There is no room for complacency about the impact of the Carillion implosion on private sector involvement in government projects and the reputation of the City. Among those paying the heaviest price will be the 30,000 smaller firms and their employees who face ruin because of the catastrophic management of Carillion and bungling oversight in Whitehall.
The trouble with former Chancellor George Osborne's 'march of the makers' is that so many of Britain's big engineers are not up to scratch. We are not alone in this, as illustrated by the plans of newish GE boss John L Flannery to split open America's premier industrial conglomerate.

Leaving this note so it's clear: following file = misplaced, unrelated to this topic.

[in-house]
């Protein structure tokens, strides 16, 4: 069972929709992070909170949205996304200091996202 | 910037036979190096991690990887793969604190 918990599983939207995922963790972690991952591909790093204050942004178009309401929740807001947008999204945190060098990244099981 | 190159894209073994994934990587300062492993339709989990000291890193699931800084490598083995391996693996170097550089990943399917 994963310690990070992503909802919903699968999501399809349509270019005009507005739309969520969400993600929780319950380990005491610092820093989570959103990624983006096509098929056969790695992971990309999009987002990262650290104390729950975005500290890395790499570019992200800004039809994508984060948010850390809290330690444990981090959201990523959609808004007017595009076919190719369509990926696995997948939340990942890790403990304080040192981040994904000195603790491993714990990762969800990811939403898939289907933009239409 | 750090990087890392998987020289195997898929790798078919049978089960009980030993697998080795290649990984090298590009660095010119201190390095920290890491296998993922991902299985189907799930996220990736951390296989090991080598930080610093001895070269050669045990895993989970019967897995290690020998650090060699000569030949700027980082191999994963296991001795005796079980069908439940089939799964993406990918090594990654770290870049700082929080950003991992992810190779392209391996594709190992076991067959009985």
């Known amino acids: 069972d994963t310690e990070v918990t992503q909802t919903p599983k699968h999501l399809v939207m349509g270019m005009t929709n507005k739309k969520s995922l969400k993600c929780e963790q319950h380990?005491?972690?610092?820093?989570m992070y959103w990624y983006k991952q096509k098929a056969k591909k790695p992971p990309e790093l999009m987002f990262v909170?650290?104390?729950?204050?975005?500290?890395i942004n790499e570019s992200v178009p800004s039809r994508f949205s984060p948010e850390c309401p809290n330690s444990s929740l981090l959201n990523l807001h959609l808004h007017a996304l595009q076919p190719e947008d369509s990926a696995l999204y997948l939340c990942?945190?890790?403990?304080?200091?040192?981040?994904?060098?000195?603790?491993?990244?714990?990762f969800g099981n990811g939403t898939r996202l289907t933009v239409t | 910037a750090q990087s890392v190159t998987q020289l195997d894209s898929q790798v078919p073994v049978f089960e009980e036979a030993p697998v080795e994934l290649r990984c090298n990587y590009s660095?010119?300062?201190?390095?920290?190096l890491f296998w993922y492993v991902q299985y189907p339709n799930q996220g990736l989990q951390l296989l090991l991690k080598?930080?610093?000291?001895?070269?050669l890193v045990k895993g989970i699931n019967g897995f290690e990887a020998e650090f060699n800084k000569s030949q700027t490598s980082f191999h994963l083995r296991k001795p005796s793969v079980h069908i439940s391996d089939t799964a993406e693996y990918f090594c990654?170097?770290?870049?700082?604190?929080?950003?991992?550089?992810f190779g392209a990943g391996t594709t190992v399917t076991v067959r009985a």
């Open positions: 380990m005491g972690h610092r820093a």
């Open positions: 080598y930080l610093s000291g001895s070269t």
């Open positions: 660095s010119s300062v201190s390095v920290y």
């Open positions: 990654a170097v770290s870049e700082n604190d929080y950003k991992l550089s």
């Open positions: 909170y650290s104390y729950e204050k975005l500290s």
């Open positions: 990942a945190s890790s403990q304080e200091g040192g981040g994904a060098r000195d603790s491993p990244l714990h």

The current spate of Winston Churchill movies shows that the real test of leadership comes in crisis. Chairmen are only too happy to accept all
the accoutrements of great office but behave like nodding dogs in the face of adversity. Poor choices of chairman are rarely opposed. At bankrupt Carillion, chairman Philip Green could have stopped the ludicrous decision to limit clawback of directors’ pay as the cranes were falling in.